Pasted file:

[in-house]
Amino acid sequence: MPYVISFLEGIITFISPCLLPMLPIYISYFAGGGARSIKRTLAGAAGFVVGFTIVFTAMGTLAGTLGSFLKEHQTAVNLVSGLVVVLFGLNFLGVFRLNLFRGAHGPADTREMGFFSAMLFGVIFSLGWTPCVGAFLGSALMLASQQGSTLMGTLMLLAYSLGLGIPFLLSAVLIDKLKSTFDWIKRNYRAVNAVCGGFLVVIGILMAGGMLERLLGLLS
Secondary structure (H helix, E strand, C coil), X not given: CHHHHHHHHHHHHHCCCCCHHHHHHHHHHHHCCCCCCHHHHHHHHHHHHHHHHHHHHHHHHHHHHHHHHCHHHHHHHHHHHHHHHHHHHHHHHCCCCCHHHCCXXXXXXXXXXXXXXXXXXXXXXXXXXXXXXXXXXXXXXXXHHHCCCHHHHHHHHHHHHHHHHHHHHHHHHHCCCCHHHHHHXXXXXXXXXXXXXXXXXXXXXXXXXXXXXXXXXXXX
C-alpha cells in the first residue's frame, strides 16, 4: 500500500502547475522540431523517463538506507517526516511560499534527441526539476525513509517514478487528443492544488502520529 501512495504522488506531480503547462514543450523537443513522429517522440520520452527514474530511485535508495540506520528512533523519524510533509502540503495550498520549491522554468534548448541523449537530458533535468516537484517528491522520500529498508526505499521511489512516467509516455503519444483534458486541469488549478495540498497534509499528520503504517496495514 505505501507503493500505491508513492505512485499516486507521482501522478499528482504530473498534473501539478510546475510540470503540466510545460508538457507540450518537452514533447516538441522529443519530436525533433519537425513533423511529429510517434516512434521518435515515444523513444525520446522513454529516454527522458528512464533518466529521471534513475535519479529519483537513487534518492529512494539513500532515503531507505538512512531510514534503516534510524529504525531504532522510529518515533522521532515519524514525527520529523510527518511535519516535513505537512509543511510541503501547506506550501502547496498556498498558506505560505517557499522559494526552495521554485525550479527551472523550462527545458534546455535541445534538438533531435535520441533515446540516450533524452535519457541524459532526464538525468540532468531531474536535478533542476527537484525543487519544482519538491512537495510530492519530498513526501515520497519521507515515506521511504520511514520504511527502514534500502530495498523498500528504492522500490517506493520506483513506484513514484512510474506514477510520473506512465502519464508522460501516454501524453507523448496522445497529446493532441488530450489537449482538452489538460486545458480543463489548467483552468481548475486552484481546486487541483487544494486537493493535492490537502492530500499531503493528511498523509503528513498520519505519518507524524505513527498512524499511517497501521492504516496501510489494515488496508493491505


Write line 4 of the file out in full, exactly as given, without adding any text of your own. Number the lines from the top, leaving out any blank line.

C-alpha cells in the first residue's frame, strides 16, 4: 500500500502547475522540431523517463538506507517526516511560499534527441526539476525513509517514478487528443492544488502520529 501512495504522488506531480503547462514543450523537443513522429517522440520520452527514474530511485535508495540506520528512533523519524510533509502540503495550498520549491522554468534548448541523449537530458533535468516537484517528491522520500529498508526505499521511489512516467509516455503519444483534458486541469488549478495540498497534509499528520503504517496495514 505505501507503493500505491508513492505512485499516486507521482501522478499528482504530473498534473501539478510546475510540470503540466510545460508538457507540450518537452514533447516538441522529443519530436525533433519537425513533423511529429510517434516512434521518435515515444523513444525520446522513454529516454527522458528512464533518466529521471534513475535519479529519483537513487534518492529512494539513500532515503531507505538512512531510514534503516534510524529504525531504532522510529518515533522521532515519524514525527520529523510527518511535519516535513505537512509543511510541503501547506506550501502547496498556498498558506505560505517557499522559494526552495521554485525550479527551472523550462527545458534546455535541445534538438533531435535520441533515446540516450533524452535519457541524459532526464538525468540532468531531474536535478533542476527537484525543487519544482519538491512537495510530492519530498513526501515520497519521507515515506521511504520511514520504511527502514534500502530495498523498500528504492522500490517506493520506483513506484513514484512510474506514477510520473506512465502519464508522460501516454501524453507523448496522445497529446493532441488530450489537449482538452489538460486545458480543463489548467483552468481548475486552484481546486487541483487544494486537493493535492490537502492530500499531503493528511498523509503528513498520519505519518507524524505513527498512524499511517497501521492504516496501510489494515488496508493491505